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How Management Can Cause a Commercial Real Estate Investment to Fail

When you begin your quest for acquiring a commercial property, try to "lead" with a professional property management company — find reputable property management for the type of asset that you're pursuing before you even make offers to purchase. If you can't find experienced and trustworthy property management in that city, don't buy the property. It's that simple.

If you spot any of the following management warning signals, take action immediately:

  • Your management is failing to manage. You may notice that the management isn't holding the onsite property manager accountable to the expected promises and actions, isn't meeting with the managers consistently, and isn't reading the property reports regularly. You, as the owner, can take action by starting at the top of the food chain. Get the property management company's management in conference immediately. Be very specific about your concerns. Don't depart until solutions have been agreed on and delegated.
  • Your management often seems to be clueless and is always ineffective at operating the property efficiently. With ineffective management, you'll have higher-than-market vacancies, higher expenses, late property reports, poor communication, and arguments. In the end, you won't have a chance to be profitable. Start interviewing other companies for hire and cut your ties with the current company as quickly as possible.
    When hiring professional property management, make sure that the candidate has extensive experience in managing the type of property that you're acquiring.
  • Your property manager is ripping you off. It's unfortunate but true: Your property manager can steal from you, lie to you, and hide things from you. The consequences of this disrespect can be devastating. How do you spot a thief? Have your finances audited at least once a year. You can also monitor the cash like a hawk by verifying bank deposits and receipts to checks. It's also smart to visually verify completed work and physically verify rented space or units.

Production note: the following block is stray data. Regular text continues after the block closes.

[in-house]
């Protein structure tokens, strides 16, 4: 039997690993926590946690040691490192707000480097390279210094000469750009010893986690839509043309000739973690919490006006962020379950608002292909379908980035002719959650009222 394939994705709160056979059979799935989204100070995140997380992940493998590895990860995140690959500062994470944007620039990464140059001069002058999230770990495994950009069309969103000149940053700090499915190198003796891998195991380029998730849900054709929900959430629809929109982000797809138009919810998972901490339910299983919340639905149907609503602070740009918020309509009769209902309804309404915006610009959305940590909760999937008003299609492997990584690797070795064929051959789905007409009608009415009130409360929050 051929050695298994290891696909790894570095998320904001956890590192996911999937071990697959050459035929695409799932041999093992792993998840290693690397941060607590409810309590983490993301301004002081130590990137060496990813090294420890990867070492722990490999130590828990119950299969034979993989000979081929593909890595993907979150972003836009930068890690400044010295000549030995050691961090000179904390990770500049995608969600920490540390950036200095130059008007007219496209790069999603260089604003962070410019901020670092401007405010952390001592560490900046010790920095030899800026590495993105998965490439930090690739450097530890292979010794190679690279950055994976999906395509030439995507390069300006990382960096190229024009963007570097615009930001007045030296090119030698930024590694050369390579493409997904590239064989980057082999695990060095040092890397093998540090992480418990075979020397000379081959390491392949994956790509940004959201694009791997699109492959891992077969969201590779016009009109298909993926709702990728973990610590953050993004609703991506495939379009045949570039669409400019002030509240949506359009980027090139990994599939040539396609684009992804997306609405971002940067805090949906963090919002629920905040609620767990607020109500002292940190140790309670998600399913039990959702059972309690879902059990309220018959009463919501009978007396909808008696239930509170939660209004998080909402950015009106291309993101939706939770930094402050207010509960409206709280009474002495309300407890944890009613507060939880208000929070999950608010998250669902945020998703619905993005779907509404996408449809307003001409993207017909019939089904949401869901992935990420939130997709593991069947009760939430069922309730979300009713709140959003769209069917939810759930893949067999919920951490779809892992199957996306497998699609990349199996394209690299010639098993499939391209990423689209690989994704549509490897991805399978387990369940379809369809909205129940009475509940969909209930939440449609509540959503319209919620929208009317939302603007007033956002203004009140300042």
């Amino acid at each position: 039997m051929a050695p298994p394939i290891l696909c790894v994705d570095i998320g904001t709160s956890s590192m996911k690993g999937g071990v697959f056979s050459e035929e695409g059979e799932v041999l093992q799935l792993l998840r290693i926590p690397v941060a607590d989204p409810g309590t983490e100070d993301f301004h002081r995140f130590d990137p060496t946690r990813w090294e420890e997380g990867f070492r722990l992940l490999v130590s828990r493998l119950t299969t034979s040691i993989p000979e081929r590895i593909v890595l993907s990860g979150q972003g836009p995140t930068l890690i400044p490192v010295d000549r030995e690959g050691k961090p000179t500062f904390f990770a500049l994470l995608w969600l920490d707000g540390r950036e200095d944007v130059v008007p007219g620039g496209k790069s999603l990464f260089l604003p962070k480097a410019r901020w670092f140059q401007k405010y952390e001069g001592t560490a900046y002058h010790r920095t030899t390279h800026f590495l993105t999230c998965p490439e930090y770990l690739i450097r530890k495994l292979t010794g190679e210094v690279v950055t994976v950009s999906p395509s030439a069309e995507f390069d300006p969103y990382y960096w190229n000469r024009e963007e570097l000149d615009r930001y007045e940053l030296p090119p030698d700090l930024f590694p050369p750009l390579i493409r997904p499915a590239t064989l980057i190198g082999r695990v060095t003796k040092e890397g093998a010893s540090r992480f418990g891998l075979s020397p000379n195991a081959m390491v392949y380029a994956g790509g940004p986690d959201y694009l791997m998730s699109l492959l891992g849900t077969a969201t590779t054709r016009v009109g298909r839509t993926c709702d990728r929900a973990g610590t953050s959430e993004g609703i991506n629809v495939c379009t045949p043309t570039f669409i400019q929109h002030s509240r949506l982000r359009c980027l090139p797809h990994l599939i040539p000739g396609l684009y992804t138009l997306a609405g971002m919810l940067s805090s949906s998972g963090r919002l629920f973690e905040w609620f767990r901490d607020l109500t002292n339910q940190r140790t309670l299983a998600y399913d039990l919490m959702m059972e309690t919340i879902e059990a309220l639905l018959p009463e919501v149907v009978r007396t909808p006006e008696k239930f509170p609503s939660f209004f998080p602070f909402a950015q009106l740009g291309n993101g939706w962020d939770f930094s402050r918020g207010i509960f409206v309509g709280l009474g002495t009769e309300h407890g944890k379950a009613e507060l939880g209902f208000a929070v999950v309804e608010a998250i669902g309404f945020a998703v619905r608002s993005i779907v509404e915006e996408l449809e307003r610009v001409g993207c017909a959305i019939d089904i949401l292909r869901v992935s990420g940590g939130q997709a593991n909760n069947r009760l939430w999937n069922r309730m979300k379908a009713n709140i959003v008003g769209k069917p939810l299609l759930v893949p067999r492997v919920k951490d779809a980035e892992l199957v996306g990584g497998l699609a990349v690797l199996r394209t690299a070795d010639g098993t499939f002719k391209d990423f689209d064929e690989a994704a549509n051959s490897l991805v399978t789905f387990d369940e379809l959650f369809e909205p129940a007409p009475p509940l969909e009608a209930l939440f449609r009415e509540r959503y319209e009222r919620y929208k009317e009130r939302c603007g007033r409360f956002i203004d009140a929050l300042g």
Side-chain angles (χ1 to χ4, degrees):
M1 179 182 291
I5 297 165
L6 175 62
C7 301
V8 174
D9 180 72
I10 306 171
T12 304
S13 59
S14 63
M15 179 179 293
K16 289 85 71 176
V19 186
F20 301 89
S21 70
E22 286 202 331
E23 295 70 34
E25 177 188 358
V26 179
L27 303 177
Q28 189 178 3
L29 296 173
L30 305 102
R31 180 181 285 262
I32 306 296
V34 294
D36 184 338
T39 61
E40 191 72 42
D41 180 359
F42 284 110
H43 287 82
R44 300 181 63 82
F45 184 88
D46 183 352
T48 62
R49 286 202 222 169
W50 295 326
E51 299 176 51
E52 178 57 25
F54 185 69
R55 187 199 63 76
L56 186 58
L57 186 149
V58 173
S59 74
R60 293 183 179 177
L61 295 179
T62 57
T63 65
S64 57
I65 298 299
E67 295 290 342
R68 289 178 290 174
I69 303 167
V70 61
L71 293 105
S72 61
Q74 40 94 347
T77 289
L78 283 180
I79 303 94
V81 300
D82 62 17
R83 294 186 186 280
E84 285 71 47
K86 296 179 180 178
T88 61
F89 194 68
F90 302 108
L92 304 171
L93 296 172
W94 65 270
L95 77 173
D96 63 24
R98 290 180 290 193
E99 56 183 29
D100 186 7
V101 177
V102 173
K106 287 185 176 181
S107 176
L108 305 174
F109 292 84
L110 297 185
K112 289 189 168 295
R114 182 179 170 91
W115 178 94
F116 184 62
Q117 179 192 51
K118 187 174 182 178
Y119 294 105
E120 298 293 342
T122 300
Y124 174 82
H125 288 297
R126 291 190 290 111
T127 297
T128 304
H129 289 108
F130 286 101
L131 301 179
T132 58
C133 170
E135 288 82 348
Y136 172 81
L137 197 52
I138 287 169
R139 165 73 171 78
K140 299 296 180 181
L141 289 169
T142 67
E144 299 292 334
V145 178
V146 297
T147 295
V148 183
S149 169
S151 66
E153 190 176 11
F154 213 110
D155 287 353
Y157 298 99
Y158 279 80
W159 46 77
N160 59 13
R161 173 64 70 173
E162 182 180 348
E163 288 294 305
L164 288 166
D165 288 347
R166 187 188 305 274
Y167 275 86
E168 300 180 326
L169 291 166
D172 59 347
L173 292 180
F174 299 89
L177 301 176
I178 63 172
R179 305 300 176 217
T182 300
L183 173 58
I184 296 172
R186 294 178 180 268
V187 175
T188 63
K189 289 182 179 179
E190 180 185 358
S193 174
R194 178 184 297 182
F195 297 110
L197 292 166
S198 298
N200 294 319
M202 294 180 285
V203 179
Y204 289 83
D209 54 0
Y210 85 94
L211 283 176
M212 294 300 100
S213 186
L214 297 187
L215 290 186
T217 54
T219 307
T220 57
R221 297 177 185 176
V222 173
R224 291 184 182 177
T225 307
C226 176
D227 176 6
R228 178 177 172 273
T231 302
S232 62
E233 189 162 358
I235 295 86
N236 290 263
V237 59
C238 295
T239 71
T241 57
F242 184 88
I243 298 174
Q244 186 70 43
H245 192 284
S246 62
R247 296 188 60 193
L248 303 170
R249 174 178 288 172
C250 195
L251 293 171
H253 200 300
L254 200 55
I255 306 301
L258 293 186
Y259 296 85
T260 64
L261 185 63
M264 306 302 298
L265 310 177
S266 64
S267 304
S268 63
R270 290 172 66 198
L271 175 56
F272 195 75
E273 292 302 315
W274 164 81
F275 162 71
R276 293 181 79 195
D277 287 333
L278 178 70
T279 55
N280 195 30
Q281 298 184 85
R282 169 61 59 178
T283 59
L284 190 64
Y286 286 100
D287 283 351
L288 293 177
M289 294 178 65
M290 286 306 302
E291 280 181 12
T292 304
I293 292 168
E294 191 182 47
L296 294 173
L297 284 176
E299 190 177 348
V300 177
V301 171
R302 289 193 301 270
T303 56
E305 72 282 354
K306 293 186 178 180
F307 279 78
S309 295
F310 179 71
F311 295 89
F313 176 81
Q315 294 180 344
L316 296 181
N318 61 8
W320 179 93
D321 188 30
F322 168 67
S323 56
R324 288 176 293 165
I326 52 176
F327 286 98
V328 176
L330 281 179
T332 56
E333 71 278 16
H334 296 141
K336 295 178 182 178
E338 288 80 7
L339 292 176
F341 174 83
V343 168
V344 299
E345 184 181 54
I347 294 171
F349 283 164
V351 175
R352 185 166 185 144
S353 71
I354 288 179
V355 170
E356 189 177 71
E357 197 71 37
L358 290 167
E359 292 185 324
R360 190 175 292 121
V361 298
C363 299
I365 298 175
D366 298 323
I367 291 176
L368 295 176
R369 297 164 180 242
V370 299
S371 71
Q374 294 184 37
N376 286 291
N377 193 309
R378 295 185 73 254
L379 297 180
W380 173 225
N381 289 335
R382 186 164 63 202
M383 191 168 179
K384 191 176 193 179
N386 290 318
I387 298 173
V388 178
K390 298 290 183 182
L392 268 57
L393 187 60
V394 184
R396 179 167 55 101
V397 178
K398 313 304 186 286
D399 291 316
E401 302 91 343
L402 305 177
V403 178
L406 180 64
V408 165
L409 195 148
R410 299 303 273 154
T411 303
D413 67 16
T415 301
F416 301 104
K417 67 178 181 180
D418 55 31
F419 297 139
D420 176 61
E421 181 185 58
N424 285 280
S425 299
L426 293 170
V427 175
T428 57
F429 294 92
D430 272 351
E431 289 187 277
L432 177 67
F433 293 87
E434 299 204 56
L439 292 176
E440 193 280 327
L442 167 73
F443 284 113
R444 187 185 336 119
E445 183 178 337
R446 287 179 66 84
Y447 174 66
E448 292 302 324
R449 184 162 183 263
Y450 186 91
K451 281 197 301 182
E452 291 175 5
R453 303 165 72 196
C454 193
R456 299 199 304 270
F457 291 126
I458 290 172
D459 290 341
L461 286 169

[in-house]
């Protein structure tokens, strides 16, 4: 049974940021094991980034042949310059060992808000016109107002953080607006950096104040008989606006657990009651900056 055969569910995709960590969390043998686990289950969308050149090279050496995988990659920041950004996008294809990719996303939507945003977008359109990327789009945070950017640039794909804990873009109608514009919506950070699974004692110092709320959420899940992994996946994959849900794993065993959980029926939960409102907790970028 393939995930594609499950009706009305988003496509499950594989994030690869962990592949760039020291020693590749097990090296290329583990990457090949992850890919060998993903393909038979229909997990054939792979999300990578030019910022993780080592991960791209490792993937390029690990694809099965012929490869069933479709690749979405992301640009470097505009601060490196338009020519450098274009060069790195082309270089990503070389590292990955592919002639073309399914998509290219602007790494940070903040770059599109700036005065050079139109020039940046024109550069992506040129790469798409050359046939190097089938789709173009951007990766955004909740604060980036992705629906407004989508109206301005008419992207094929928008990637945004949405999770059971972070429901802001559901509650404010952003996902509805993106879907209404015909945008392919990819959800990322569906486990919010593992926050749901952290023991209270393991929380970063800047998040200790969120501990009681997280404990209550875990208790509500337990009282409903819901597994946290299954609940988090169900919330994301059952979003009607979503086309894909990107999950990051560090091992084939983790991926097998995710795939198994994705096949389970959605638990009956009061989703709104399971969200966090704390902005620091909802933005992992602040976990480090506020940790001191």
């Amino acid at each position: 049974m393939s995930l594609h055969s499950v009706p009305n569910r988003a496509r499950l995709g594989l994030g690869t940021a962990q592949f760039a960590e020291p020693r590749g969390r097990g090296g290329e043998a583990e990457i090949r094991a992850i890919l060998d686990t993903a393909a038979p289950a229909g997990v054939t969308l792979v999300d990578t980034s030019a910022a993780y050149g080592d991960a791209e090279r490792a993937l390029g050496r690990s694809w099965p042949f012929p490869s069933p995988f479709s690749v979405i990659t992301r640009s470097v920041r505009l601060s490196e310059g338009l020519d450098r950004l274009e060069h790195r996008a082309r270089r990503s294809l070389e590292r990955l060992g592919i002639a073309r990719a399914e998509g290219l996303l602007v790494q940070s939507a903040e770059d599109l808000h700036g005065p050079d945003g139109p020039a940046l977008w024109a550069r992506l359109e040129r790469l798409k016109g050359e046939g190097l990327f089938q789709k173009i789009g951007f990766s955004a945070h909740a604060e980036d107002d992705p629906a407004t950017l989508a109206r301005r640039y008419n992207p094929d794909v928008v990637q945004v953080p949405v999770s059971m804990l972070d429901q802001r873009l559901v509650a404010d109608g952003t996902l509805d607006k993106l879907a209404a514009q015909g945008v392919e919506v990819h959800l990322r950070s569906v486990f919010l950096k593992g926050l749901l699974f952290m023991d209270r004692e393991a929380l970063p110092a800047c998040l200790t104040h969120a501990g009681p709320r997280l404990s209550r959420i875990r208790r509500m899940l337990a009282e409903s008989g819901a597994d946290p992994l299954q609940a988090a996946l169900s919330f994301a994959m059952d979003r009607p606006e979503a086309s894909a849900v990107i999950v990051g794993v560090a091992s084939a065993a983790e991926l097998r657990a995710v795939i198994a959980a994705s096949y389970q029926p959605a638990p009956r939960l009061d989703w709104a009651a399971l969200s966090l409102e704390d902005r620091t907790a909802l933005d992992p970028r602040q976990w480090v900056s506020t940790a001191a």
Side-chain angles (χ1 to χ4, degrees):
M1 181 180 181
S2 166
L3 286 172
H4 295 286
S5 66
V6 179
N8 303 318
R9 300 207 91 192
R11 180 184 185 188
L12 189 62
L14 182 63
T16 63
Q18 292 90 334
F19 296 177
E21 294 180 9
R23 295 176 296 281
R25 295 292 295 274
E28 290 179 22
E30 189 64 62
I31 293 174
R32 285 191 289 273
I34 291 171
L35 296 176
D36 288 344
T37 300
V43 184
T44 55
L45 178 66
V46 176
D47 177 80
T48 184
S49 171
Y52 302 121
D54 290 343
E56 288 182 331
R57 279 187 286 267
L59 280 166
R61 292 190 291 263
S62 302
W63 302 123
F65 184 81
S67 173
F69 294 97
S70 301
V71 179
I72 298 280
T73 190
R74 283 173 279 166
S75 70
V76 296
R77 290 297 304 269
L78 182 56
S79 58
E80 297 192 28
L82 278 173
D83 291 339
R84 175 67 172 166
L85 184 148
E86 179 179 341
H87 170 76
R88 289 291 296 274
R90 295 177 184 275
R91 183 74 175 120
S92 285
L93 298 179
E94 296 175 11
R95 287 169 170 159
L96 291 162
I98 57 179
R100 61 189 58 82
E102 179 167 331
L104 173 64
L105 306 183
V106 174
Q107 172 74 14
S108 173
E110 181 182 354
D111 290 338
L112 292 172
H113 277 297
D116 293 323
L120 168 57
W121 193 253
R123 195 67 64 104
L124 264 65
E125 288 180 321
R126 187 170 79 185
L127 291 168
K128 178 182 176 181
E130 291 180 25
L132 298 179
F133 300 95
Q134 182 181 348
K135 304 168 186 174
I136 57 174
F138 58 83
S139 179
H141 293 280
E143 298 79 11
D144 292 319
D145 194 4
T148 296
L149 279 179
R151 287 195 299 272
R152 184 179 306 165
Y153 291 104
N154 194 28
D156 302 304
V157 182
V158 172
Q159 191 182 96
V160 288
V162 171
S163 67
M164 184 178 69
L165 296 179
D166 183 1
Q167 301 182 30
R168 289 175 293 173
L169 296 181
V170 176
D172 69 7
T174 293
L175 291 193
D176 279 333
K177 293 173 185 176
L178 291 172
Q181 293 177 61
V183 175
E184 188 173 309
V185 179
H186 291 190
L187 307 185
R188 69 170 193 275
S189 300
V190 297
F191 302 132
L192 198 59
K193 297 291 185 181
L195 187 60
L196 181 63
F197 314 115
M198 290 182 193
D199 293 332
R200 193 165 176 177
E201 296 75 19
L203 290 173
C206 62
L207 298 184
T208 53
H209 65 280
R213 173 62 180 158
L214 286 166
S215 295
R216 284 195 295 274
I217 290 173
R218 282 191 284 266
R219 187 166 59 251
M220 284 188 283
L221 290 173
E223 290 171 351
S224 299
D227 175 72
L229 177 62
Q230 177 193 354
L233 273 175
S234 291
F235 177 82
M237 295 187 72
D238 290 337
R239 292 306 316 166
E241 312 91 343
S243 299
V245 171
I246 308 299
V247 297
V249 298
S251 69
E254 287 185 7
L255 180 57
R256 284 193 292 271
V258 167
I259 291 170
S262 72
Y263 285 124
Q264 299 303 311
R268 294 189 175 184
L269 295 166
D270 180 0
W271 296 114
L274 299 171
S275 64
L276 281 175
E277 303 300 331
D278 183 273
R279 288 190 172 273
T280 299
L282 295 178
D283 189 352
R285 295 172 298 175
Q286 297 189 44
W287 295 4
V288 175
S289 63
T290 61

• You're being managed by your own property. If you're managing a piece of property yourself, it's easy to lose perspective of who you are. When your property begins to run you instead of you running it, you'll start making business decisions based on current circumstances rather than from your set business plan and financial goals. To avoid having your property run you ragged, set appropriate boundaries. Don't take work or your work attitude home. Have a phone dedicated for work and shut it off at quitting time. Have an after-hours service set up or have others on-call for after-hours service calls or for other non-emergencies.
  • Your property doesn't have a business plan. A business plan guides you and your property in the right direction when it comes to making business decisions. It can help you determine when to study the competition, figure out your property's strengths and weaknesses, and set performance benchmarks that keep other management members on track. If your property doesn't have a business plan, from what basis are you making business decisions?
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